Blast at Indonesia Police headquarters, 1 dead
The attack at the Surabaya Police headquarters came just a few hours after a bomb prematurely went off in Sidoarjo, East Java, late on Sunday and bomb attacks on three churches in the city earlier in the day
Mobile brigade police patrol around the Surabaya police headquarters following a suicide attack in Surabaya on May 14, 2018. Two militants on a motorcycle blew themselves up at a police headquarters in Indonesia's second city Surabaya on May 14, wounding at least 10 people including officers, authorities said, a day after a deadly wave of suicide bombings hit churches. Pic/AFP
Two bike-borne militants blew themselves up at an Indonesian police headquarters in Surabaya city on Monday claiming at least one personnel, media reports said. The attack at the Surabaya Police headquarters came just a few hours after a bomb prematurely went off in Sidoarjo, East Java, late on Sunday and bomb attacks on three churches in the city earlier in the day.
East Java Police spokesman Frans Barung Mangera confirmed the attack on the police headquarters, the Jakarta Post reported. However, he did not give any information on the injuries or damages in the attack. A wave of suicide bombings on churches killed at least 13 and injured 40 on Sunday. Citing CCTV footage from the scene, Mangera said a man and a woman on the bike stopped at the security checkpoint.
"That's where the explosion happened," he added. "Two people were riding (on the motorcycle) and a woman was sitting at the back." This follows three Surabaya churches during Sunday services by a family of six, including two young daughters. The Islamic State (IS) terror group claimed responsibility. The family had returned from Syria, police said. National police chief Tito Karnavian said they belonged to an IS-inspired network, Jemaah Ansharut Daulah (JAD).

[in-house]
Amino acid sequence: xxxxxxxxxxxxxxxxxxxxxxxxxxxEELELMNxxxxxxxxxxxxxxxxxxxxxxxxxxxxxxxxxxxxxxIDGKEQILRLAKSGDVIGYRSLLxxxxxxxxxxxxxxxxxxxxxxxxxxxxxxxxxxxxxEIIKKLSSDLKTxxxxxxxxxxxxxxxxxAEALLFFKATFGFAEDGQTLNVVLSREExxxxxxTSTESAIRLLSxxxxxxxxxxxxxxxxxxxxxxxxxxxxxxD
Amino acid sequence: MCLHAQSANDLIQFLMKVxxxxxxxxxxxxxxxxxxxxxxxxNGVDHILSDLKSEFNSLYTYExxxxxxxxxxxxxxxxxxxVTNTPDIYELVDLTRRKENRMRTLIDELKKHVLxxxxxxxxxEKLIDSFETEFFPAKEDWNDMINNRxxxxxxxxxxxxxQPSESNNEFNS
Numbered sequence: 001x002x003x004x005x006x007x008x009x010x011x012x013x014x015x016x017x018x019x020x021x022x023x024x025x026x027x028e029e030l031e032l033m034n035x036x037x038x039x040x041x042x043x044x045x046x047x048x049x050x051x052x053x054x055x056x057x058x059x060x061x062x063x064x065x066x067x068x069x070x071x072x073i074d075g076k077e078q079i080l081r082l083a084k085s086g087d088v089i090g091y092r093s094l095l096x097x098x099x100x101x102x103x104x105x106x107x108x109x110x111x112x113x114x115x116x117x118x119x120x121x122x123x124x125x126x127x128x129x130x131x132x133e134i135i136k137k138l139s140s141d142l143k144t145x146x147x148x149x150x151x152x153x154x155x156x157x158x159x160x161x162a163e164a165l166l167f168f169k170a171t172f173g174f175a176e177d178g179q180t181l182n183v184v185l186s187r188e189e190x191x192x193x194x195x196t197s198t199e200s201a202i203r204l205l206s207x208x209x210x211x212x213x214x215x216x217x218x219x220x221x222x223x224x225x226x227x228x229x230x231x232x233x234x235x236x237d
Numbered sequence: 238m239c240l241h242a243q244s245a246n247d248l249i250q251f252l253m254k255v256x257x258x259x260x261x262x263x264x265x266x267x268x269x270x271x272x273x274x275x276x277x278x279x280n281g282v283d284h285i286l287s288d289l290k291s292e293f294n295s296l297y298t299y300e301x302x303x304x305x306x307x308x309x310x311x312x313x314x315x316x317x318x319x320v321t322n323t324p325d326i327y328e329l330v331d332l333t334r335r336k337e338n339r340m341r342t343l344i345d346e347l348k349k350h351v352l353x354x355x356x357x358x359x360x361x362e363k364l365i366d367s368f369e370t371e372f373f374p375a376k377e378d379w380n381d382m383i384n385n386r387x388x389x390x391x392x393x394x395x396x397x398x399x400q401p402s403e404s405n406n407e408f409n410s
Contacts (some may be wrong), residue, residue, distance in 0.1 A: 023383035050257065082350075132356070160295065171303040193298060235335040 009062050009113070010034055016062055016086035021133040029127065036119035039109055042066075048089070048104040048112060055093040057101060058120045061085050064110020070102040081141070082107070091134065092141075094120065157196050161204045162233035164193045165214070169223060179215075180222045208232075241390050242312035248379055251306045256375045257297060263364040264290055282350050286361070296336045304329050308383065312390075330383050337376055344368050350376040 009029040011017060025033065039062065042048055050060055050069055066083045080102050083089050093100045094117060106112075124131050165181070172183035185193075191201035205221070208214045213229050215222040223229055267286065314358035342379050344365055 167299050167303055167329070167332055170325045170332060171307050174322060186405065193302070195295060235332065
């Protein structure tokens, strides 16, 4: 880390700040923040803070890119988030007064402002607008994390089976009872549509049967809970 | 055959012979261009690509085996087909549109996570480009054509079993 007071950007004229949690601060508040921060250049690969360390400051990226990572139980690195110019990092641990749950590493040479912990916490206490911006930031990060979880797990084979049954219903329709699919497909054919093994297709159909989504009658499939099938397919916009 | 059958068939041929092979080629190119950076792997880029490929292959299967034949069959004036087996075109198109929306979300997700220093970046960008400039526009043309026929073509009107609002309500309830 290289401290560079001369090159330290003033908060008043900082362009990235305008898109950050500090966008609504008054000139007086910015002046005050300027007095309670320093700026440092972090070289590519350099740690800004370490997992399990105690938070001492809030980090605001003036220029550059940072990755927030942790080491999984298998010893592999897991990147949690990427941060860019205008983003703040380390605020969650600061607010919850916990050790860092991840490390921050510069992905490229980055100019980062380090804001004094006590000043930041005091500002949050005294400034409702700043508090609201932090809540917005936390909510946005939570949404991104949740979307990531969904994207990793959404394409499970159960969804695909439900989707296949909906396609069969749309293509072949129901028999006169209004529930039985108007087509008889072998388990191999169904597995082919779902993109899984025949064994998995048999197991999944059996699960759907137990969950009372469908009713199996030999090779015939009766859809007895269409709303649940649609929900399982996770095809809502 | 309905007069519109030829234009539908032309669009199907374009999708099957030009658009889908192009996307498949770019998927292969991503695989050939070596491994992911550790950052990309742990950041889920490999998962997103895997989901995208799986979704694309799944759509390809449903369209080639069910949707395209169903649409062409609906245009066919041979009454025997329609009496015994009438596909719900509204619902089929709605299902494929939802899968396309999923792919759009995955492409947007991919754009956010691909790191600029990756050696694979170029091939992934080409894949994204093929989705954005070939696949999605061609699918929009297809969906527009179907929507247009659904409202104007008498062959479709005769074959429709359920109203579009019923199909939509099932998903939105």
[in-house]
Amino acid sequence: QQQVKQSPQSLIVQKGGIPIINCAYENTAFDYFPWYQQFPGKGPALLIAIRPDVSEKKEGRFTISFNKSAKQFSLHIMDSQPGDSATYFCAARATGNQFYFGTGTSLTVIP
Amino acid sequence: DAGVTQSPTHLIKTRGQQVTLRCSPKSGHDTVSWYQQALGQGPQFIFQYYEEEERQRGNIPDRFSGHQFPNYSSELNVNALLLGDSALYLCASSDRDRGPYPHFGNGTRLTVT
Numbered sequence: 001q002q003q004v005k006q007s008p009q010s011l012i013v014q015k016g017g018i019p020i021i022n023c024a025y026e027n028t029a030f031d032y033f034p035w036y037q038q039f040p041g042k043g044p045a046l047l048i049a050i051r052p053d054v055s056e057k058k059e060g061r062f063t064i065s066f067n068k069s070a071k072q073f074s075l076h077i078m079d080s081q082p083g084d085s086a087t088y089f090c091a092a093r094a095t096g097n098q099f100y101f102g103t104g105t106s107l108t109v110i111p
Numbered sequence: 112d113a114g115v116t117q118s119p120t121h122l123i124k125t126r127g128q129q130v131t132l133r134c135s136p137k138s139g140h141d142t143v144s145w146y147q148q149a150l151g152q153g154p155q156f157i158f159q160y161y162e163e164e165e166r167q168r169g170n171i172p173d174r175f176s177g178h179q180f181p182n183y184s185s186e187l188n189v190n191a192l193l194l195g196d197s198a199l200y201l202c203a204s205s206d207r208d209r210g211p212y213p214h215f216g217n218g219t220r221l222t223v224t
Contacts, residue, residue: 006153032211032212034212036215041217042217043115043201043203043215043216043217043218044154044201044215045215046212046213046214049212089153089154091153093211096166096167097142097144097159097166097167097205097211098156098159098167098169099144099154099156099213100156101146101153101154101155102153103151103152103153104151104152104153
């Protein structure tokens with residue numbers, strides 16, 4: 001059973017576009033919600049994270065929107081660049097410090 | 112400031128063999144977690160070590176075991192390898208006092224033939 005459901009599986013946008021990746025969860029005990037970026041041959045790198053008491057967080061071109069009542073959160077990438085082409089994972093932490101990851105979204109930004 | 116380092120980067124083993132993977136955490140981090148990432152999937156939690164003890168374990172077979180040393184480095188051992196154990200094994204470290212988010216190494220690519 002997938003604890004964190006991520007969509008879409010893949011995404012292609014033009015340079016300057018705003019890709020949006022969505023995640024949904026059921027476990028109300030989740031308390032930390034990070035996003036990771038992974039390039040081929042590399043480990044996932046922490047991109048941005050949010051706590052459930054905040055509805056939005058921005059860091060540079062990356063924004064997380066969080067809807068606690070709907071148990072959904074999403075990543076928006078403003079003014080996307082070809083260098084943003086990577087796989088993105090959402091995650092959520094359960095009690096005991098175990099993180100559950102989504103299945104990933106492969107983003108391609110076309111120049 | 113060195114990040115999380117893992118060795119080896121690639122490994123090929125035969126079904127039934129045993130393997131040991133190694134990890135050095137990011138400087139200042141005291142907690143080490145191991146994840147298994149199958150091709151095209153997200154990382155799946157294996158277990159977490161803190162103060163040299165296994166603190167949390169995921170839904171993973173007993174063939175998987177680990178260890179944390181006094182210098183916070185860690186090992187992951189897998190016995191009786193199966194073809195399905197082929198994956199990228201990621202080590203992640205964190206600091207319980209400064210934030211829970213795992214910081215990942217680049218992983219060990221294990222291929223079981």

The bombings at the three churches were Indonesia's deadliest for years, as the Muslim-majority country grappled with homegrown militancy and rising intolerance towards religious minorities, the Jakarta Post reported. A further three people were killed and two wounded when another bomb exploded at an apartment complex in the same city, the second biggest, just hours after the church bombings, police said.
The East Java Police have found a connection between the church bombings and Sidoarjo bombing. "Similar types of explosives were used," Mangera said. Both the Surabaya church bombings and Sidoarjo bomb explosion also involved family members, he added.
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